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RE: ACTION-152 - Write up logged-in-means-out-of-band-consent

From: JC Cannon <jccannon@microsoft.com>
Date: Mon, 2 Apr 2012 21:05:19 +0000
To: Justin Brookman <jbrookman@cdt.org>, "public-tracking@w3.org" <public-tracking@w3.org>
Message-ID: <BB17D596C94A854E9EE4171D33BBCC8108C90E@TK5EX14MBXC133.redmond.corp.microsoft.com>
It sounds like we are in agreement here. I think we are just talking past each other. Can we end the discussion here and finish off the text we were producing? We can then submit it to the group and discuss in DC as needed.

Thanks,
JC

From: Justin Brookman [mailto:jbrookman@cdt.org]
Sent: Monday, April 02, 2012 1:46 PM
To: public-tracking@w3.org
Subject: RE: ACTION-152 - Write up logged-in-means-out-of-band-consent

JC, I have repeatedly said before I'm fine with social widgets on third-party sites giving me relevant contextual information.  Frankly, I don't care if this use of first-party data in a third-party context is tied to registration/logged-in state or not, but if people want to limit it to registation/logged-in state, whatever.  But while I'm fine with Amazon ephemerally recognizing my presence of a different site to render a contextually-relevant experience for me there, I don't want Amazon to store the fact that I was on that site for my Amazon profile UNLESS I gave them permission to track me pursuant to a clear and prominent prompt.

As for the MyBlogLog (for the Bob Loblaw Law Blog?) example, I don't know the details of the sign-up flow , but it sounds like it was clearly stated to users what the purpose of the product was upon sign-up, so it would meet the test of the language I drafted (I'm assuming users signed up for MyBlogLog independently of other Yahoo! services because they wanted to be included on these reader lists).  HOWEVER, it meets the test not because of the privacy policy or the URI/response header, but because of what was clearly presented to the user during sign up.  I reiterate the point, however, it would not be appropriate for the New York Times of Yahoo! mail to use a ToS to get permission for themselves (or others) to ignore DNT.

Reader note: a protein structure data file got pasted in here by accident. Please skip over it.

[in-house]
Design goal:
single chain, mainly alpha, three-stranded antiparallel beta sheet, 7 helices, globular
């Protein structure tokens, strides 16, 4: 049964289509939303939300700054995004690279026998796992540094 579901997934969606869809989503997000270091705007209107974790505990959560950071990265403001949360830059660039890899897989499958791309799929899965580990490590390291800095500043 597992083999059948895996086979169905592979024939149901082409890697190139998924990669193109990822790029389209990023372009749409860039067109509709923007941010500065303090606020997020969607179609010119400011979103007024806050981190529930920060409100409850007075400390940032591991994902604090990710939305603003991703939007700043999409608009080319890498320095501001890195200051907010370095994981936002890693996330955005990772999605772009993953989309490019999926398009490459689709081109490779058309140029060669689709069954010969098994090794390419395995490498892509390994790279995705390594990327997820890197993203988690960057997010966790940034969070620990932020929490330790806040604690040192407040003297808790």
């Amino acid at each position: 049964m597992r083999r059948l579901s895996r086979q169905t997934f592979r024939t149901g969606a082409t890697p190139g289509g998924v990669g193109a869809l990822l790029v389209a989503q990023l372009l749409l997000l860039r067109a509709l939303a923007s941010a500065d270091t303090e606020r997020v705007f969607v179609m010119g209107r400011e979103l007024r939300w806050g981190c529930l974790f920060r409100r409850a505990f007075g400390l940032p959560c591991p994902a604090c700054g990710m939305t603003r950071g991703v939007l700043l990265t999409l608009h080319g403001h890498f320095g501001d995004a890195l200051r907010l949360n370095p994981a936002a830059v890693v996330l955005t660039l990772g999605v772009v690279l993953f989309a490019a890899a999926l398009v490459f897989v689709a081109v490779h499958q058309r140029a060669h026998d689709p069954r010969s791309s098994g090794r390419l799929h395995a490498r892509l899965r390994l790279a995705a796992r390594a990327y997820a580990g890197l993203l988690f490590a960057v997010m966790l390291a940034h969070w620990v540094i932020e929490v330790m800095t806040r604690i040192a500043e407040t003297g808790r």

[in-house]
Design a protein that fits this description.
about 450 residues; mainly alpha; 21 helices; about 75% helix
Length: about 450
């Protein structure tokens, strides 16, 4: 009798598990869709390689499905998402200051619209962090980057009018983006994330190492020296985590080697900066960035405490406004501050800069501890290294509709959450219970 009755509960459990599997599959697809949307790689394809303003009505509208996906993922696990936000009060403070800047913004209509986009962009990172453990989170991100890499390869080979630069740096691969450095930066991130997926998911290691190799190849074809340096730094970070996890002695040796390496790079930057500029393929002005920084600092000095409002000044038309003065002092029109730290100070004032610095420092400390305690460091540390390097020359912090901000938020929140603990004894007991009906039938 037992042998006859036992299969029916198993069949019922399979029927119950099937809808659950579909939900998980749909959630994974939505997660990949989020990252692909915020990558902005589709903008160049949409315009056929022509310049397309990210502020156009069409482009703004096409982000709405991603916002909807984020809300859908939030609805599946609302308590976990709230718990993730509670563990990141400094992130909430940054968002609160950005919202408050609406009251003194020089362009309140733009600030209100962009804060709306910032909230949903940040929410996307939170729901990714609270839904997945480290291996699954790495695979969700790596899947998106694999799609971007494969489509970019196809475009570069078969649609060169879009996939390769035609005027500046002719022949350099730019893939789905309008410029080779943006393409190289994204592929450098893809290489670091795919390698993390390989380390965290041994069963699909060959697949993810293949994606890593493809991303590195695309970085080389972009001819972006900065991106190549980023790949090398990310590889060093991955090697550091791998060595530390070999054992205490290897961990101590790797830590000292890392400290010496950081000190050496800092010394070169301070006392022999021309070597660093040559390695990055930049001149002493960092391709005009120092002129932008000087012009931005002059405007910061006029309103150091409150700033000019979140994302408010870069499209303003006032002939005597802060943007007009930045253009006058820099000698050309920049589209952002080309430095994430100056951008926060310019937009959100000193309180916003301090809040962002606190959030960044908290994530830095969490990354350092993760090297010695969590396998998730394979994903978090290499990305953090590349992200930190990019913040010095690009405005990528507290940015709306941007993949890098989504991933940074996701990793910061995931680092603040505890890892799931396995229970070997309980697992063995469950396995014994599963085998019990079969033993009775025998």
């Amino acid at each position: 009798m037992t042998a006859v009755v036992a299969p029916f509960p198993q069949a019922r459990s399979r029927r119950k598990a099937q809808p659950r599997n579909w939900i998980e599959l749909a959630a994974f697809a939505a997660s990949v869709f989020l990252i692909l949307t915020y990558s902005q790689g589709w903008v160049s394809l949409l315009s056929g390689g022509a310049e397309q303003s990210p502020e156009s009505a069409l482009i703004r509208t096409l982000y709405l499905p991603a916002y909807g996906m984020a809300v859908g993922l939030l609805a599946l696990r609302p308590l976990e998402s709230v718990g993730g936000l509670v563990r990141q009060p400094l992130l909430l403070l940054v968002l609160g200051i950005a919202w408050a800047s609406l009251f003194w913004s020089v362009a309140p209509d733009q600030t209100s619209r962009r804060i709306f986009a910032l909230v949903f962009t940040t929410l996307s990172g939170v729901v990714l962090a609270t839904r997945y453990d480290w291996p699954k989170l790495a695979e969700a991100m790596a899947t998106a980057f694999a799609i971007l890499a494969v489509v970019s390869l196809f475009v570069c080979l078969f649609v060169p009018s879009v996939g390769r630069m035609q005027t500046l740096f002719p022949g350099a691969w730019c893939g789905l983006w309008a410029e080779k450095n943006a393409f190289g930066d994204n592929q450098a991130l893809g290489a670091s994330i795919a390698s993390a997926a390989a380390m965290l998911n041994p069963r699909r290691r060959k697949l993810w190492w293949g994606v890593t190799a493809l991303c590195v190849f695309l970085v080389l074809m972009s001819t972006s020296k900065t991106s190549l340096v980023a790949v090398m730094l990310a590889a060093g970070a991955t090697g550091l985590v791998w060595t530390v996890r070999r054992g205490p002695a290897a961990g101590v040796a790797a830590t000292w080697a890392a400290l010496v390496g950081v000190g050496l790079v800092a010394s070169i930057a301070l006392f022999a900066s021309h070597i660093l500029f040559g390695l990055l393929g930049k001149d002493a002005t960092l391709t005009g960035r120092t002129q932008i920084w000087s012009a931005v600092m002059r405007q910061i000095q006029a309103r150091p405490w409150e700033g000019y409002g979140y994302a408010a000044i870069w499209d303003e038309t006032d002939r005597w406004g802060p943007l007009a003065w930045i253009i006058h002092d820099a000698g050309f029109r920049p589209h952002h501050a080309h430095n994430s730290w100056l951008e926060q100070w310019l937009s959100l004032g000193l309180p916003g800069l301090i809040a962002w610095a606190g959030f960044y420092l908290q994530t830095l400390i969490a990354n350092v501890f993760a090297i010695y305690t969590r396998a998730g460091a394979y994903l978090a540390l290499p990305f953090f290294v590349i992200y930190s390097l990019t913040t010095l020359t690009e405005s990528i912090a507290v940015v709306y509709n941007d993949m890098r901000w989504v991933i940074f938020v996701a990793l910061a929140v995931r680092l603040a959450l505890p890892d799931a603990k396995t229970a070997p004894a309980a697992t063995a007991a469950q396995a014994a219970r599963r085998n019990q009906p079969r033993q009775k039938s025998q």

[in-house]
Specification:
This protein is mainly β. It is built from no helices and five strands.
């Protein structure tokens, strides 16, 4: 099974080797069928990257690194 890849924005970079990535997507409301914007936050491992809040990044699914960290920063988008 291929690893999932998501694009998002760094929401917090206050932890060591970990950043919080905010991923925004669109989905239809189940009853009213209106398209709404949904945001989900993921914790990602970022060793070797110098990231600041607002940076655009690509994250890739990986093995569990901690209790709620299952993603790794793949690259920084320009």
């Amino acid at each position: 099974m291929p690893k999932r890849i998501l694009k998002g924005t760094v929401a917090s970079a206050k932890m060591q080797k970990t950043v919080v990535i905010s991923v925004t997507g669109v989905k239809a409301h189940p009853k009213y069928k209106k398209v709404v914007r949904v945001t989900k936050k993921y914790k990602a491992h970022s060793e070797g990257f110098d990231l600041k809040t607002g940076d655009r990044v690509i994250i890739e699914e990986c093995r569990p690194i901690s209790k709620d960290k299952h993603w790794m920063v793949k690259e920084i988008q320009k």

Sent via mobile, please excuse curtness and typos


-----Original message-----
From: JC Cannon <jccannon@microsoft.com>
To: Justin Brookman <jbrookman@cdt.org>, "public-tracking@w3.org" <public-tracking@w3.org>
Sent: Mon, Apr 2, 2012 20:27:46 GMT+00:00
Subject: RE: ACTION-152 - Write up logged-in-means-out-of-band-consent
Justin,

Would you say that today logged in state is irrelevant for Amazon, FB or my bank? Not at all. There is a difference. If I am reading an Amazon-sponsored book review on a third-party site and it indicated that my friend bought the book (because my friend opted in to sharing) I would appreciate that info. I would not like it if I wasn’t logged in and I would like the option to say don’t track me. Your position doesn’t give consumers that flexibility.

JC

From: Justin Brookman [mailto:jbrookman@cdt.org]
Sent: Monday, April 02, 2012 1:01 PM
To: public-tracking@w3.org
Subject: RE: ACTION-152 - Write up logged-in-means-out-of-band-consent

I continue to think that logged-in state should be irrelevant, and that whoever wants to get permission to track despite a DNT signal should have to do so pursuant to clear and prominent notice.